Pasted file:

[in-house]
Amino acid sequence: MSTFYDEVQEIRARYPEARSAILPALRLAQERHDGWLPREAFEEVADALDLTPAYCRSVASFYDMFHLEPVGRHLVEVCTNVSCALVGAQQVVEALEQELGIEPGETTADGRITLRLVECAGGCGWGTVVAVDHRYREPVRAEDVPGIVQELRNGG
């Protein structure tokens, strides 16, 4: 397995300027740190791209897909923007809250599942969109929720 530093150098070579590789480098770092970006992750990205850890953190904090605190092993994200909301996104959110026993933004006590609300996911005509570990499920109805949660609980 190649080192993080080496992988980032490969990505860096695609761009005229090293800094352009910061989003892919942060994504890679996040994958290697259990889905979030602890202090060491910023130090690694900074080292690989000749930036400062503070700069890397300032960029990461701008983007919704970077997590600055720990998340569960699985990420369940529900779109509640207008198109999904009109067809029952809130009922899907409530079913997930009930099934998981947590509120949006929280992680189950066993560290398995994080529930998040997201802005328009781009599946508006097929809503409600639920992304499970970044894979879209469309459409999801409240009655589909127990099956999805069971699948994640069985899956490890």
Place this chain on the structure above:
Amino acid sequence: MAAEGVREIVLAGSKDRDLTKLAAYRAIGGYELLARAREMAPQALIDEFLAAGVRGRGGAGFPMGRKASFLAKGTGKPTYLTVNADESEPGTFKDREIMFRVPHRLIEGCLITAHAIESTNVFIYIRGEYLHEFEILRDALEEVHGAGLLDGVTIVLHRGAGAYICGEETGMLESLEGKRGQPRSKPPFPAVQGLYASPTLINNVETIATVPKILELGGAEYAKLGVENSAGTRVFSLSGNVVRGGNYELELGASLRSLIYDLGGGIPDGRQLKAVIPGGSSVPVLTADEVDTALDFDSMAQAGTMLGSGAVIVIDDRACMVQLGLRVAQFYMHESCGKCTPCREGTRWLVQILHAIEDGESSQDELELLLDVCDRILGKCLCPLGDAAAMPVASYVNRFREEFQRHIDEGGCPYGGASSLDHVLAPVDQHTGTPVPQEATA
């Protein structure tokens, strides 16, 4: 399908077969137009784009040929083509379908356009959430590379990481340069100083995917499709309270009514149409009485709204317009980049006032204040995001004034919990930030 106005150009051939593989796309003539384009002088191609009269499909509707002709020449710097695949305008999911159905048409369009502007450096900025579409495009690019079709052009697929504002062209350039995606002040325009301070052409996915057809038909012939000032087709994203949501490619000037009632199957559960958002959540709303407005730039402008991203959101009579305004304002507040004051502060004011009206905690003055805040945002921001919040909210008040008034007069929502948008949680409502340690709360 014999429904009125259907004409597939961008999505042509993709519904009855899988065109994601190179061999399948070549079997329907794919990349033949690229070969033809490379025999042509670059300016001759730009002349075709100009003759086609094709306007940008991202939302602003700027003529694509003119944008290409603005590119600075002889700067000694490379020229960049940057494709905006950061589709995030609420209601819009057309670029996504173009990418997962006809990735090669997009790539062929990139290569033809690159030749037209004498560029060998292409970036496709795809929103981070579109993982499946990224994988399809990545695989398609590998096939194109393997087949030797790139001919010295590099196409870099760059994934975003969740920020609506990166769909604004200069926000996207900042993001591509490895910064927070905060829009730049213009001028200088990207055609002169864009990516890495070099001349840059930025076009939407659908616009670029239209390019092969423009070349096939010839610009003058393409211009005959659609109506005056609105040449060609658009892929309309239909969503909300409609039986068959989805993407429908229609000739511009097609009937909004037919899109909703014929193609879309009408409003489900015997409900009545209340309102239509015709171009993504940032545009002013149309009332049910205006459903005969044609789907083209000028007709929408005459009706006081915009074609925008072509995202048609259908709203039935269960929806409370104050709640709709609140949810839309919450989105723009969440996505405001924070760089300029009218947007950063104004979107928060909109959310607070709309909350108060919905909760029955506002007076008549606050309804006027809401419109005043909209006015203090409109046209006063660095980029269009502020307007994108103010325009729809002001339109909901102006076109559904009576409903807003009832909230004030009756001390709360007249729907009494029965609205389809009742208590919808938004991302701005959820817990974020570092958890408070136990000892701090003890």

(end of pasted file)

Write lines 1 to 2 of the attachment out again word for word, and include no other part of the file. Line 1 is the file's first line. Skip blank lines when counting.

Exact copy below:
[in-house]
Amino acid sequence: MSTFYDEVQEIRARYPEARSAILPALRLAQERHDGWLPREAFEEVADALDLTPAYCRSVASFYDMFHLEPVGRHLVEVCTNVSCALVGAQQVVEALEQELGIEPGETTADGRITLRLVECAGGCGWGTVVAVDHRYREPVRAEDVPGIVQELRNGG